Stoneleigh Companies LLC

StoneleighStoneleigh Companies’ skillset includes acquisition, development and project management so it can make the best long-term decisions for its projects.

By Eric Slack

Founded in 2007 by President and CEO Rick Cavenaugh, Stoneleigh Companies is a private real estate investment company focused on the acquisition and development of income-producing multifamily properties. Stoneleigh’s team is experienced in all facets of commercial real estate development, finance and operations. It has an extensive multifamily portfolio, having targeted the acquisition of existing apartment properties as well as the development of new luxury apartment communities in select markets to build a portfolio of institutional quality properties.

“When the company started, the market was shifting,” Development Manager Ryan Swingruber says. “The downturn and recession meant there would be opportunities to acquire assets through value play opportunities. Stoneleigh began as a real estate acquisition company, but as the market has rebounded and values went up, multifamily became a hot market, so we decided to start developing to expand our portfolio.”Stoneleigh info box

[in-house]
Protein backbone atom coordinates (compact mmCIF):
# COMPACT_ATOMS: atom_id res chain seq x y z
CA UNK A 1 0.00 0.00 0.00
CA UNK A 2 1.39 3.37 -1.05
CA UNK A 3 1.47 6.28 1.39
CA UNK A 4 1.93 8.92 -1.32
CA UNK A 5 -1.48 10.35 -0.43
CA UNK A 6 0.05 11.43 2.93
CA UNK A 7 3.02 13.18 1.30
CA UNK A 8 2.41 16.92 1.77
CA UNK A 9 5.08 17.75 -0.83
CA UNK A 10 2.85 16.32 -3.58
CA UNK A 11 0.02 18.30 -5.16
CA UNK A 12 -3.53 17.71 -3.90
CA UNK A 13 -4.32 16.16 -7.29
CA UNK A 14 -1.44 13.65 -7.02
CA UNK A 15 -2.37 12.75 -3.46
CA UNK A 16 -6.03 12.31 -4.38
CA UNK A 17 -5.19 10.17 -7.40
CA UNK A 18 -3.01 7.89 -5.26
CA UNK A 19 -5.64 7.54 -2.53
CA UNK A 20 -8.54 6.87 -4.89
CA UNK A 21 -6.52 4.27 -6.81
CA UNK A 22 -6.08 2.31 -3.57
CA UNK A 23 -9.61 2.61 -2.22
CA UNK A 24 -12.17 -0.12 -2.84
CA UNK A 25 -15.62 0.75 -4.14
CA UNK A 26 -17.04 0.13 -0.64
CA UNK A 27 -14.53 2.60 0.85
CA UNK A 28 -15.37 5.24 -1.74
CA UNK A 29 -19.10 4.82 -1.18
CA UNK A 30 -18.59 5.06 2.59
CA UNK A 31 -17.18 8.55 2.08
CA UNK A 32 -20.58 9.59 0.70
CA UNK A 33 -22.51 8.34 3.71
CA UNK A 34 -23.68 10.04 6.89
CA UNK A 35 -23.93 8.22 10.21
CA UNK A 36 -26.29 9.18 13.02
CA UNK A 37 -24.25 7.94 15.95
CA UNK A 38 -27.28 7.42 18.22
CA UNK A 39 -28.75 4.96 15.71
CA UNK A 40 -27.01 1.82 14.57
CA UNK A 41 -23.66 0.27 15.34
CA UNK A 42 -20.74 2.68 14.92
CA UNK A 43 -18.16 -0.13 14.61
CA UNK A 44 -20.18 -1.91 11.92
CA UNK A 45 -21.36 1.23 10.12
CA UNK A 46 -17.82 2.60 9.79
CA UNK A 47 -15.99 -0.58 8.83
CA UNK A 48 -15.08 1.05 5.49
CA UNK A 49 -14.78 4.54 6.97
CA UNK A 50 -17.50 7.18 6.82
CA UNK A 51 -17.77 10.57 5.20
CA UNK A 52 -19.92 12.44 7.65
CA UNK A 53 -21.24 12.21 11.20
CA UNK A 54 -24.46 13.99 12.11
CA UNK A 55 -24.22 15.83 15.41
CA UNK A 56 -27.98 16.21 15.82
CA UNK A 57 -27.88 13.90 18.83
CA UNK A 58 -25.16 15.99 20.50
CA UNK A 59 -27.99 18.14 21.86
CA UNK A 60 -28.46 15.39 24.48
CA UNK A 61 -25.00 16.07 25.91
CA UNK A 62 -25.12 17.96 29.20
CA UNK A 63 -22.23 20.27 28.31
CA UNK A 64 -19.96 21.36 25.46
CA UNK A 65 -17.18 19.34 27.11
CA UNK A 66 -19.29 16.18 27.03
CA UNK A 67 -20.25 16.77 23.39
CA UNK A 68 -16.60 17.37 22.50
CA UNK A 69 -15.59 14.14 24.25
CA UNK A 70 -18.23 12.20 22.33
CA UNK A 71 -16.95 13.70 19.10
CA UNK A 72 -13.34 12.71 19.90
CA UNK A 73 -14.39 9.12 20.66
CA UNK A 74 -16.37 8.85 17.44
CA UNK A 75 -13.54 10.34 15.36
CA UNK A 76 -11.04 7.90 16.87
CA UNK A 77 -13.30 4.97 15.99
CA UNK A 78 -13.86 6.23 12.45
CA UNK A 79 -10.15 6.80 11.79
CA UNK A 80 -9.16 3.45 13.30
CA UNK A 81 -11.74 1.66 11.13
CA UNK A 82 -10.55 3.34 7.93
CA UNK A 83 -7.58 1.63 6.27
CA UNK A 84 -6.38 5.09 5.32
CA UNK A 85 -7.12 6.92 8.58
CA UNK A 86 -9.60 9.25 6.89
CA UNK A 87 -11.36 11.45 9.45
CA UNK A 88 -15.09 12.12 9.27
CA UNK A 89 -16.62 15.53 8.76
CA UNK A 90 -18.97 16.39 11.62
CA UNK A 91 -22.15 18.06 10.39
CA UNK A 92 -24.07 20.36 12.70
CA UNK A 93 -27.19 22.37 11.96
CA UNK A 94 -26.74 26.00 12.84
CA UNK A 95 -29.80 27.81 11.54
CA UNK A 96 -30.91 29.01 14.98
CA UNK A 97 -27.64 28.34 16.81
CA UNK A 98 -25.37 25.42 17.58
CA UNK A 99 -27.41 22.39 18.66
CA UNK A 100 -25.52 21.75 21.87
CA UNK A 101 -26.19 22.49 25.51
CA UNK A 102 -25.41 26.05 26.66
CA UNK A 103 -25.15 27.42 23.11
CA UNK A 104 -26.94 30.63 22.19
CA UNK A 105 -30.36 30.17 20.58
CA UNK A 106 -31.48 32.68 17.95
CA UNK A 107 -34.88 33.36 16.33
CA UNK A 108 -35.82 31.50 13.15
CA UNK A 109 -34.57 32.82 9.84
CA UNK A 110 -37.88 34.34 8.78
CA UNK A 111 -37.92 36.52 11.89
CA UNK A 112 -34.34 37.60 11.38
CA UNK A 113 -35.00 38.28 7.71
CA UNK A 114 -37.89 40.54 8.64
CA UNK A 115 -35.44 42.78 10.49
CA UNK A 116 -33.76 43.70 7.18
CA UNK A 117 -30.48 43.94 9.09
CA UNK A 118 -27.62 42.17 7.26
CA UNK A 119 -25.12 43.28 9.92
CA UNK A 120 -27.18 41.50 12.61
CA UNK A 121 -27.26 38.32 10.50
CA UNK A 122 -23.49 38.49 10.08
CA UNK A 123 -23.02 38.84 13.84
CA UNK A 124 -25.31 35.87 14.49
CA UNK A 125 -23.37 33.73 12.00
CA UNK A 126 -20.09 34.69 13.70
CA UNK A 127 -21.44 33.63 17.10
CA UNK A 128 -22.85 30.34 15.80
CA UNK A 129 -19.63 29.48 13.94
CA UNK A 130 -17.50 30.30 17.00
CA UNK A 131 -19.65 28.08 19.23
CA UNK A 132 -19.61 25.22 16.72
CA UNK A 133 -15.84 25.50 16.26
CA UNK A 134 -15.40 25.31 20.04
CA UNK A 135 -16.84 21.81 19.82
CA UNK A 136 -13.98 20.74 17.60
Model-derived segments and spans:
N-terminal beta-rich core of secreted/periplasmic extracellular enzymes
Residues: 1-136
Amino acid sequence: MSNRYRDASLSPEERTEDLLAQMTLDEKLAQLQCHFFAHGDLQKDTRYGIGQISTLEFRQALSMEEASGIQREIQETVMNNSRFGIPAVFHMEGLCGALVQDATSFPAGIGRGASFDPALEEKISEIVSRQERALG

Today, Stoneleigh Companies operates around 3,600 units. It also has three new communities under construction in Houston and Dallas, and it is developing six to seven new communities in Chicago, Houston, Dallas and Denver.

“We’re very bullish on Texas,” Swingruber says. “The development team is overseeing about 1,400 units under construction right now, working in strong markets with good rental rates, occupancy and job growth.”

Diversification Effort

As Stoneleigh saw rising construction costs with many parties flocking to the multi-family sector, it saw the opportunity to begin self-performing work on complex projects as a general contractor and construction manager. The company brought in superintendents and now has an on-the-ground presence at several of its projects.

“Overall we are an acquisition and development company, and self-performing projects provides greater oversight and control and ultimately allows our construction division to be a profit center for the company,” Swingruber says.

For example, Stoneleigh is doing work such as procuring concrete material. Rather than hire a turnkey contractor for flatwork, forming, rebar and other miscellaneous material, its staff procures material, negotiates labor with third-party contractor and deals directly with vendors.